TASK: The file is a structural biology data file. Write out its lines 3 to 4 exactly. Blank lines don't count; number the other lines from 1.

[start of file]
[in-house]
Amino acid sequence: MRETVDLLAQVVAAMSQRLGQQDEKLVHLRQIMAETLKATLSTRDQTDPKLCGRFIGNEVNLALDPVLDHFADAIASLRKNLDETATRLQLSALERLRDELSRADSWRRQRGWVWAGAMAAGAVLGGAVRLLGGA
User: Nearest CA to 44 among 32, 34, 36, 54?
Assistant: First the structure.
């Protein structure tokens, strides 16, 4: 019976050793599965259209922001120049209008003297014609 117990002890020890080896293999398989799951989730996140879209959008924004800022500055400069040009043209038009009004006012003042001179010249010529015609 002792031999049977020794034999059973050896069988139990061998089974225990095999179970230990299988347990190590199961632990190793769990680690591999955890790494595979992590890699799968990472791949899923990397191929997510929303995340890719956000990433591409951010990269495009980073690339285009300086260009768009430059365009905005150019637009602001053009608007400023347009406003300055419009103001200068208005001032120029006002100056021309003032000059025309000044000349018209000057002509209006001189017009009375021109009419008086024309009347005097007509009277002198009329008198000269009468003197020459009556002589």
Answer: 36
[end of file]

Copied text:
User: Nearest CA to 44 among 32, 34, 36, 54?
Assistant: First the structure.